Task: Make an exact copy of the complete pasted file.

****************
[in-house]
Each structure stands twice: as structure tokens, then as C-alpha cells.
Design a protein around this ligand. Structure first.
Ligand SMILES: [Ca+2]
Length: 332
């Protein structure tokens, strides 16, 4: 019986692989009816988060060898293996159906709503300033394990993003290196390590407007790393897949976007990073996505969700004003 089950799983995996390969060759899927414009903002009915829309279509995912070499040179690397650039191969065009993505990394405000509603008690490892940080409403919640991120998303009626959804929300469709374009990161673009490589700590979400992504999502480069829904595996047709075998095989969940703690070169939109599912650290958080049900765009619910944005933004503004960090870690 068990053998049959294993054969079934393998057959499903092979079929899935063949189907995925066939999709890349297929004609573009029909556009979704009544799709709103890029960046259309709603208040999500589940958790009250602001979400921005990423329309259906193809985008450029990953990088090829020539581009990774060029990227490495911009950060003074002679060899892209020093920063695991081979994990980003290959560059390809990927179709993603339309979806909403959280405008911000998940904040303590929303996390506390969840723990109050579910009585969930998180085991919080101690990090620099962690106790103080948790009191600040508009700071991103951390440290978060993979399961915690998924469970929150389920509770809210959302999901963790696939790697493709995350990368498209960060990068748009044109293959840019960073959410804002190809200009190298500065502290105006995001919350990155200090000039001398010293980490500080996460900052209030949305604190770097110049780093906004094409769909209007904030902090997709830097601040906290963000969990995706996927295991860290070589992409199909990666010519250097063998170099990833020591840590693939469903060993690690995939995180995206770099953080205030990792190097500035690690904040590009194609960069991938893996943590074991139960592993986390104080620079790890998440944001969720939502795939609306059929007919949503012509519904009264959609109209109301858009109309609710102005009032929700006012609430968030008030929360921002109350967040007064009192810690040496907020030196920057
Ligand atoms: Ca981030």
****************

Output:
[in-house]
Each structure stands twice: as structure tokens, then as C-alpha cells.
Design a protein around this ligand. Structure first.
Ligand SMILES: [Ca+2]
Length: 332
């Protein structure tokens, strides 16, 4: 019986692989009816988060060898293996159906709503300033394990993003290196390590407007790393897949976007990073996505969700004003 089950799983995996390969060759899927414009903002009915829309279509995912070499040179690397650039191969065009993505990394405000509603008690490892940080409403919640991120998303009626959804929300469709374009990161673009490589700590979400992504999502480069829904595996047709075998095989969940703690070169939109599912650290958080049900765009619910944005933004503004960090870690 068990053998049959294993054969079934393998057959499903092979079929899935063949189907995925066939999709890349297929004609573009029909556009979704009544799709709103890029960046259309709603208040999500589940958790009250602001979400921005990423329309259906193809985008450029990953990088090829020539581009990774060029990227490495911009950060003074002679060899892209020093920063695991081979994990980003290959560059390809990927179709993603339309979806909403959280405008911000998940904040303590929303996390506390969840723990109050579910009585969930998180085991919080101690990090620099962690106790103080948790009191600040508009700071991103951390440290978060993979399961915690998924469970929150389920509770809210959302999901963790696939790697493709995350990368498209960060990068748009044109293959840019960073959410804002190809200009190298500065502290105006995001919350990155200090000039001398010293980490500080996460900052209030949305604190770097110049780093906004094409769909209007904030902090997709830097601040906290963000969990995706996927295991860290070589992409199909990666010519250097063998170099990833020591840590693939469903060993690690995939995180995206770099953080205030990792190097500035690690904040590009194609960069991938893996943590074991139960592993986390104080620079790890998440944001969720939502795939609306059929007919949503012509519904009264959609109209109301858009109309609710102005009032929700006012609430968030008030929360921002109350967040007064009192810690040496907020030196920057
Ligand atoms: Ca981030």